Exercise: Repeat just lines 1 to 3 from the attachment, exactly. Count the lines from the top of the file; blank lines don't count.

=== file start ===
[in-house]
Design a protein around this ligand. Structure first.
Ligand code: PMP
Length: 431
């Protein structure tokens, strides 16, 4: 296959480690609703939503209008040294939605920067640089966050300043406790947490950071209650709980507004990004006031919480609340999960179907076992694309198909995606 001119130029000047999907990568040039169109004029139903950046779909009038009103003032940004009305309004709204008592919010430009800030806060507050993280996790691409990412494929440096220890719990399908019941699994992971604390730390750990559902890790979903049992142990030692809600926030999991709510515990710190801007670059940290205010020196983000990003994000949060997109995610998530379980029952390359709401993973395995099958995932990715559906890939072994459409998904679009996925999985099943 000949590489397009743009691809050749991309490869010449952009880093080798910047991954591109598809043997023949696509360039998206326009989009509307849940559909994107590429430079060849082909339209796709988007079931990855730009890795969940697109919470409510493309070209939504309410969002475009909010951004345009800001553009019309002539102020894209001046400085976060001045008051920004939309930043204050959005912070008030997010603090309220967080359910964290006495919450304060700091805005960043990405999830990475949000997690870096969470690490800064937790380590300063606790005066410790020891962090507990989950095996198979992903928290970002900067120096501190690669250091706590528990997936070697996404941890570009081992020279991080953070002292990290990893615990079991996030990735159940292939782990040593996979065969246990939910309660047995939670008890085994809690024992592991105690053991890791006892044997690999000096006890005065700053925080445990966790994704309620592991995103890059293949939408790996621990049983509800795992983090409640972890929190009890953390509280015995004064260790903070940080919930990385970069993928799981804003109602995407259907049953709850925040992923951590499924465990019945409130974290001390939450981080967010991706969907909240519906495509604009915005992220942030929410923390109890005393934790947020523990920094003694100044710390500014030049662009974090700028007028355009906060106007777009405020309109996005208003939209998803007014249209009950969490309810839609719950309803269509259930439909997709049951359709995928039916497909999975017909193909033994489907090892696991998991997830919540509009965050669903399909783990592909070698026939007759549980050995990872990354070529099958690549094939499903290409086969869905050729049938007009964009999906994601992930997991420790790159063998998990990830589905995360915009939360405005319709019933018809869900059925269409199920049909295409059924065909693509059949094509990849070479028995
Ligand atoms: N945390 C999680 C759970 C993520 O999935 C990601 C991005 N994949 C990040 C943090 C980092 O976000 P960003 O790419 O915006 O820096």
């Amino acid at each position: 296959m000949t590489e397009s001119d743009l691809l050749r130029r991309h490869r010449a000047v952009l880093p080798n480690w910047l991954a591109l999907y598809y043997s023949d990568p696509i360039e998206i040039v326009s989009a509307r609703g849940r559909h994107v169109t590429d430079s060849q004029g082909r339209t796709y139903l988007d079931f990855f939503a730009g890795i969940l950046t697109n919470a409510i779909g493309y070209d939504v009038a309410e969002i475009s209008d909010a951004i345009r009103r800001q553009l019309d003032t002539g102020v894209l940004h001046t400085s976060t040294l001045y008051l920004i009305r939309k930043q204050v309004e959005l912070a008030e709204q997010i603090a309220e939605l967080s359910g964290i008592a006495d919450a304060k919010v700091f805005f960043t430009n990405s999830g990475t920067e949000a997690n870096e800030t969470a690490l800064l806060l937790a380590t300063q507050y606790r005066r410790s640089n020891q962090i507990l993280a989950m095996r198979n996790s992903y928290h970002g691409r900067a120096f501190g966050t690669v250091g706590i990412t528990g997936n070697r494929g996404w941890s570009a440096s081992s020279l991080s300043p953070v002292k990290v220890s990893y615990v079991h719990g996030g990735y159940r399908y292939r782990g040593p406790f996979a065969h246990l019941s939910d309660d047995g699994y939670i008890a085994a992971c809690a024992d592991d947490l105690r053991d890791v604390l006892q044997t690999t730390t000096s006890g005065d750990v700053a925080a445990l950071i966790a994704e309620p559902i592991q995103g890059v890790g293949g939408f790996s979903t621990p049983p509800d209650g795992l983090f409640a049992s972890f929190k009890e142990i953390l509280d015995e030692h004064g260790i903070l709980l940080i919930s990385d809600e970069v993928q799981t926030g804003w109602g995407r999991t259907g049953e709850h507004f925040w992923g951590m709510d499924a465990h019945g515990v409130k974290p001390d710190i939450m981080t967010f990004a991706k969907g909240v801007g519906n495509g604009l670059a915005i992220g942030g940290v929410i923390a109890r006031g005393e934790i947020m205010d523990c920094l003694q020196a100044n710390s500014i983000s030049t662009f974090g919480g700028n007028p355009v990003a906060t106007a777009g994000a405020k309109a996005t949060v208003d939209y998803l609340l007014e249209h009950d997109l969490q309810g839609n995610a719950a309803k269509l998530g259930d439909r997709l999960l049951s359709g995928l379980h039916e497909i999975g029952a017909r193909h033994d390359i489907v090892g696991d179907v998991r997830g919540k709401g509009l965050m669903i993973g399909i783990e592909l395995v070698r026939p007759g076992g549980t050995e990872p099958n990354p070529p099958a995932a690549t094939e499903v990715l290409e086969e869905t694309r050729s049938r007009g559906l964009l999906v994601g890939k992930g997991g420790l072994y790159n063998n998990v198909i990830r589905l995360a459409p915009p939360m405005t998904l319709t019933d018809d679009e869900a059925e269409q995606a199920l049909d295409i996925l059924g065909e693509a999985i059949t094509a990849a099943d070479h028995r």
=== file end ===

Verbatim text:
[in-house]
Design a protein around this ligand. Structure first.
Ligand code: PMP